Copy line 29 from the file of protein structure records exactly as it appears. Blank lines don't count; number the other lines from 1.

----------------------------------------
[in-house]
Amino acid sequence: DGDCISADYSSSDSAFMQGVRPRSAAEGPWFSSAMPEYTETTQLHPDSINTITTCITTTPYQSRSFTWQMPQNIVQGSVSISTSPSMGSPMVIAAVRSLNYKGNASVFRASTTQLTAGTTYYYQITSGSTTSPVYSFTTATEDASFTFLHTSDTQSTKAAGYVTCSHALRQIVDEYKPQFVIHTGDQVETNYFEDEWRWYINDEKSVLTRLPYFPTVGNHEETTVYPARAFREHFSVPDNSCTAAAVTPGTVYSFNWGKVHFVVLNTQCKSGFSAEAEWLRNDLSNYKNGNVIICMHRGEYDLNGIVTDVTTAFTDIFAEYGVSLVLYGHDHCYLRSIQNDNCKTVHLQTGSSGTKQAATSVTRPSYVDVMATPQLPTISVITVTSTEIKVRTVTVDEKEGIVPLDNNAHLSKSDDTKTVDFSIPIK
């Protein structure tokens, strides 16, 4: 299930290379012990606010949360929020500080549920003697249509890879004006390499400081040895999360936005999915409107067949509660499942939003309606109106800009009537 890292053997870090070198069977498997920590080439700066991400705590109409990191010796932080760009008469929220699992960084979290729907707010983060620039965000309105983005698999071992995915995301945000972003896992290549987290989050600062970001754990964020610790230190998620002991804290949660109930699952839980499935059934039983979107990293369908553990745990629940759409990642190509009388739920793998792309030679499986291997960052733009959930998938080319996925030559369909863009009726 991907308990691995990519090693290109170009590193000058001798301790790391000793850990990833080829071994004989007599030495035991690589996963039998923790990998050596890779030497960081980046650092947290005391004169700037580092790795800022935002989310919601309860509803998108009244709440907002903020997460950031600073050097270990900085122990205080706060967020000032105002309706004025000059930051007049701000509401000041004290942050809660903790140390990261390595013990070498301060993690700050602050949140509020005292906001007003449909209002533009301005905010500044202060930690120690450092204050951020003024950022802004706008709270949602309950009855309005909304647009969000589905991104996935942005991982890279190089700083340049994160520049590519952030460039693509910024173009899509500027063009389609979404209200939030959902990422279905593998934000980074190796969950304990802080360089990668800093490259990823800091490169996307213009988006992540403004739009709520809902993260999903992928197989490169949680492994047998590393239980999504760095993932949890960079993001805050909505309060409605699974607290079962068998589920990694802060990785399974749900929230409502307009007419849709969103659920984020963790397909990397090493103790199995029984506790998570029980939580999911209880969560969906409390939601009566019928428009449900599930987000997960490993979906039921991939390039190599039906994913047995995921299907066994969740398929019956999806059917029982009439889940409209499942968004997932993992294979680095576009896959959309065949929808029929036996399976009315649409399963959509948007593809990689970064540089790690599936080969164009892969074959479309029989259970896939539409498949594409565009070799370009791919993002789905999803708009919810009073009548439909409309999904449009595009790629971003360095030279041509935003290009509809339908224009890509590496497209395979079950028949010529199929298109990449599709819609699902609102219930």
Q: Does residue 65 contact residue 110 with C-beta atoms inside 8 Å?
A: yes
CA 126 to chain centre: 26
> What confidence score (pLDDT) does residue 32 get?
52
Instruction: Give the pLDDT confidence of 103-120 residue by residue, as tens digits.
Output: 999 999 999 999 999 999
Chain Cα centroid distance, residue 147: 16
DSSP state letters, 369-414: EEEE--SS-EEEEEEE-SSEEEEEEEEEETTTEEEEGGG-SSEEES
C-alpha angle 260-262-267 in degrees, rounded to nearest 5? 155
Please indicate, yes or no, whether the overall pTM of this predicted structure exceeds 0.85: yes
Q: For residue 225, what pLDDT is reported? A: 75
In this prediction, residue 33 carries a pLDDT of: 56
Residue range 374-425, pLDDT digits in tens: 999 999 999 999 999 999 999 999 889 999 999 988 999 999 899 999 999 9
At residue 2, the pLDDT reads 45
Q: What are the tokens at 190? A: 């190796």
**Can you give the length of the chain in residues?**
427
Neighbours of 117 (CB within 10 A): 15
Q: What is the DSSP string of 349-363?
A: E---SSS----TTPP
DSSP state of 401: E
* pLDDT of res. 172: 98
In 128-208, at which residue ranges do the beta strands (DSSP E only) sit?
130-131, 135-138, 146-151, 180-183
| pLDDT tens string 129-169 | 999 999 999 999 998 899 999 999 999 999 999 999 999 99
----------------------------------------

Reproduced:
| pLDDT tens string 129-169 | 999 999 999 999 998 899 999 999 999 999 999 999 999 99